If you have any questions about the FACHE requirements, the  deadline extensions or the process in general, please reach out to the ACHE Customer Service Center at  contact@ache.org or (312) 424-9400, Monday through Friday, 8 a.m. to 5 p.m., Central time.

I also want to remind members to keep tabs on the ACHE website for any virtual education events. These are a great way to get credits for advancement to FACHE as well as the opportunity to learn something new.

I hope everyone has safe and happy holidays! Cheers

Patrick Altenhofen, FACHE

KAHCE Advancement Chair

Vice President of Operations

Saint Luke’s North Region


Watch for ACHE Congress Scholarship Announcement

Re-imagine Healthcare Leadership

ACHE Congress on Healthcare Leadership

March 21-25, 2021

ACHE Congress has gone virtual this year, and KAHCE will be sponsoring the registration for some individuals to attend. Watch for an announcement in early 2021.

The Unexpected Side Effect of COVID-19: Collaboration

With the arrival of COVID-19 came chaos. And from that chaos rose innovations that have transformed healthcare delivery. Yet, according to healthcare executives, during the interim between the arrival of the pandemic and the innovations that followed, a remarkable phenomenon occurred: unprecedented collaboration.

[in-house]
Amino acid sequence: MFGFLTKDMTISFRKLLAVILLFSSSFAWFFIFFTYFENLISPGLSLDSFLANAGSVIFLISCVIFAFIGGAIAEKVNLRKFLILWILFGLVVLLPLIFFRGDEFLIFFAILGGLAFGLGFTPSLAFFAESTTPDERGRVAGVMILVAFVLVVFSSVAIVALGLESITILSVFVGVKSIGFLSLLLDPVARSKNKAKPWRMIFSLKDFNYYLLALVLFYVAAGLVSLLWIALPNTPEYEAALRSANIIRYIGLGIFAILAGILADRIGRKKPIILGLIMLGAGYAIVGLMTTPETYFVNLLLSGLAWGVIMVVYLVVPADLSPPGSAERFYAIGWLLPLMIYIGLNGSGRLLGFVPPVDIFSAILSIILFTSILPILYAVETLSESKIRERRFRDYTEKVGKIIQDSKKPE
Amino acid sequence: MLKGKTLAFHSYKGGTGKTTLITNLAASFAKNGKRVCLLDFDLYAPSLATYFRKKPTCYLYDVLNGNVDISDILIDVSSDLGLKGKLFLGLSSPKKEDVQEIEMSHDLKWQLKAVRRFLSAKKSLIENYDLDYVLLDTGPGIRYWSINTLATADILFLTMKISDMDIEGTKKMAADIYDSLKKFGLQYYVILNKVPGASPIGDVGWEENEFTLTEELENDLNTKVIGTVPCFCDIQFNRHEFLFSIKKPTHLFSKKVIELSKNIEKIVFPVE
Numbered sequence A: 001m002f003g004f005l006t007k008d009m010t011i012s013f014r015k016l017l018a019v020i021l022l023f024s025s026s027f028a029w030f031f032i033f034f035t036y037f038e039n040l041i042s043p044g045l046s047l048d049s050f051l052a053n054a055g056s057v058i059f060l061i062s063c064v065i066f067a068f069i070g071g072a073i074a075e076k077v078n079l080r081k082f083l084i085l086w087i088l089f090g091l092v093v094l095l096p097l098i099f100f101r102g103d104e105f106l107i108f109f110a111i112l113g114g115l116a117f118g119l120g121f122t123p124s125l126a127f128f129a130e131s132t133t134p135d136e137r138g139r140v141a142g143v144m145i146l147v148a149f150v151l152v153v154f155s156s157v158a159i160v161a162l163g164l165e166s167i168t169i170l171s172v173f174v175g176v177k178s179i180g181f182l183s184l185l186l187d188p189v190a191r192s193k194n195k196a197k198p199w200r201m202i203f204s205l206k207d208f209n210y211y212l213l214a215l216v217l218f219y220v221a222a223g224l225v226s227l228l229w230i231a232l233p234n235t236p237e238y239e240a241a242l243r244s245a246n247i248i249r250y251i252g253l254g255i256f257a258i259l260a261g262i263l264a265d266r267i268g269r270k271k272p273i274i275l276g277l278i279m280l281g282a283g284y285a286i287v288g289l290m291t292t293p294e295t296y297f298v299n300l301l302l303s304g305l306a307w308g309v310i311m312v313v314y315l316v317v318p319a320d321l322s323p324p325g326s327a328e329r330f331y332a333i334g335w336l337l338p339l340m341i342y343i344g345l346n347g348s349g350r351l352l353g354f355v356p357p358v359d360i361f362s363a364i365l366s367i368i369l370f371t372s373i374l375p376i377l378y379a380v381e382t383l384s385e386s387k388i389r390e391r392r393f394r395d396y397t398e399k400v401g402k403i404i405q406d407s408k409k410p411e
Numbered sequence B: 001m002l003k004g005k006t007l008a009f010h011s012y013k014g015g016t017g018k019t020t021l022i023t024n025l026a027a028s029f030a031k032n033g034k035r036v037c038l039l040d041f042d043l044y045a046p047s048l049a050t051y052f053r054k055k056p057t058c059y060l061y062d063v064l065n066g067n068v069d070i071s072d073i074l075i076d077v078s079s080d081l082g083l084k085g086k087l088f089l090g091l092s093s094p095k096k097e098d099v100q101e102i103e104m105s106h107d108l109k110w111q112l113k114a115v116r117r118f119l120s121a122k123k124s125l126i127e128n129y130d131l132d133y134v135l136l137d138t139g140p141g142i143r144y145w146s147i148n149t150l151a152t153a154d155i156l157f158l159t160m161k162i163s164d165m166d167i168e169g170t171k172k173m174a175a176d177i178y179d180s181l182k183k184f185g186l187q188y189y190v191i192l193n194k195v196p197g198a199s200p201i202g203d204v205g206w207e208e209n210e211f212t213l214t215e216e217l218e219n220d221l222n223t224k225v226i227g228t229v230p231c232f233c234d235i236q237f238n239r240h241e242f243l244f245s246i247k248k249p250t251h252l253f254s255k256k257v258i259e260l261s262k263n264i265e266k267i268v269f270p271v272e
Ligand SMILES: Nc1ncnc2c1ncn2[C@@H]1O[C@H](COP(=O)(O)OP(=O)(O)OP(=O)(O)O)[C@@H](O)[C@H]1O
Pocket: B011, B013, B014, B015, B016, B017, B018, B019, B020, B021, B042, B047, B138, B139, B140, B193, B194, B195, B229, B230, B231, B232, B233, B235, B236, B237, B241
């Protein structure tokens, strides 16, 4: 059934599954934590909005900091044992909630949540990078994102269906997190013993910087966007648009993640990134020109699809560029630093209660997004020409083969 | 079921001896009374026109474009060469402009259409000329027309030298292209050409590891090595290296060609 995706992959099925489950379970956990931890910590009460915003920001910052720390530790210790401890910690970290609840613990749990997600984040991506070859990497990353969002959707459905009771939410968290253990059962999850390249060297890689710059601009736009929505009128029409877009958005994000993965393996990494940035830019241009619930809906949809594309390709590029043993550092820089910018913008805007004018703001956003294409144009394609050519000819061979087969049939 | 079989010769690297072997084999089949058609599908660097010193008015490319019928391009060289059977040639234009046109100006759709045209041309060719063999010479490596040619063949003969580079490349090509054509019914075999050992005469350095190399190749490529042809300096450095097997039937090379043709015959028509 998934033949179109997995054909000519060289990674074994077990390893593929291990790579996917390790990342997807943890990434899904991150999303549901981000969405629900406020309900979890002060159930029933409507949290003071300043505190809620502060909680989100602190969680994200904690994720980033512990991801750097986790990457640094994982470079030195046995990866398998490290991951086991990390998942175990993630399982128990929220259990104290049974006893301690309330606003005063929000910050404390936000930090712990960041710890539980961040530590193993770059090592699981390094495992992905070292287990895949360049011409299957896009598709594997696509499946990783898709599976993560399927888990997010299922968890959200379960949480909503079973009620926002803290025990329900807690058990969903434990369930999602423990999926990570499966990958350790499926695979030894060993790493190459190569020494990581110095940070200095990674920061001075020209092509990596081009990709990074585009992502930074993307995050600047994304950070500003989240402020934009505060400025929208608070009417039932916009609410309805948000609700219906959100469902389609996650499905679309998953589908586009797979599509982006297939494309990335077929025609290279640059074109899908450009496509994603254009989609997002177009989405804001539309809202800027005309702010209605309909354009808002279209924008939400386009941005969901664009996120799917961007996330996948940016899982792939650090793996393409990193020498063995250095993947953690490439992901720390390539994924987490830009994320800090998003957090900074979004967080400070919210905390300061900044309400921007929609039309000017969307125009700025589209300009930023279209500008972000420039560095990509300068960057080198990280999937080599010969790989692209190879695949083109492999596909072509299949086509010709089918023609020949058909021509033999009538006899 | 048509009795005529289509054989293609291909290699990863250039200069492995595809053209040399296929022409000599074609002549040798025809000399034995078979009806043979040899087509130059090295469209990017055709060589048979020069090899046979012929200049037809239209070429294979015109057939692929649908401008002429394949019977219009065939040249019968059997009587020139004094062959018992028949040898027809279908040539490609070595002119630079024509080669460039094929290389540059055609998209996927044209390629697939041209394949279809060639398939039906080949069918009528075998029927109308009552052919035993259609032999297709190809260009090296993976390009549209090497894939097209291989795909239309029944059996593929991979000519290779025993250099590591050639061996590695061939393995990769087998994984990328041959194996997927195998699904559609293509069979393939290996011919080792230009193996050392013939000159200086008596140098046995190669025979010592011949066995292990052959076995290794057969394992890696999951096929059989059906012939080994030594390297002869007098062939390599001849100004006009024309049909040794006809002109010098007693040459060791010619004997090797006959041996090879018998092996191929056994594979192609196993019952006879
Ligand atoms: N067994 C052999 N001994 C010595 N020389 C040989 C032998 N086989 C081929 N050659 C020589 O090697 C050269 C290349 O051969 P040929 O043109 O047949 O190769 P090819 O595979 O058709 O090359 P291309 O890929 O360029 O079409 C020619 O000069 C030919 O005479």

Walls between siloed departments within hospitals tumbled down. Representatives from competing hospitals met to share information. Community organizations and public health departments exchanged data with health systems. Physicians, whose offices had closed, shared their personal protective equipment with colleagues on the front-line of the battle.

Innovation executives participated in roundtable discussions during the virtual HealthLeaders Innovation Exchange this summer to share experiences and ideas with other hospital and health system colleagues. One of the themes to emerge from that discussion was the value of collaboration in the innovation process and the many forms it has taken.
Read more about thee five ways collaboration has helped change the healthcare landscape during the COVID-19 pandemic, along with the advantages this type of cooperation provides to the industry.

--Adapted from “The Unexpected Side Effect of COVID-19: Collaboration,” HealthLeaders Media

Hope in Action

By nature and necessity, healthcare CEOs spend much of our time thinking strategically about the overall health and well-being of our organizations. We make yearlong, five- and even 10-year plans. But as healthcare leaders across the United States and globally have faced the tremendous challenges brought about by the COVID-19 pandemic, we have all had to pivot. Today, CEOs are leading day-to-day, sometimes hour-by-hour, amid great uncertainty.

Here are lessons learned during this evolving experience. 

Think Colleague, Not “Competitor

Since the COVID-19 crisis began, our organization has actively collaborated with and learned from other health systems in our state, region and beyond. Being located some distance from the New York metro area, we did not receive the same sudden influx of COVID-19 patients as our colleagues in the northern part of the state. This gave us time to adopt social distancing and other safety measures that likely prevented our hospitals from becoming overwhelmed.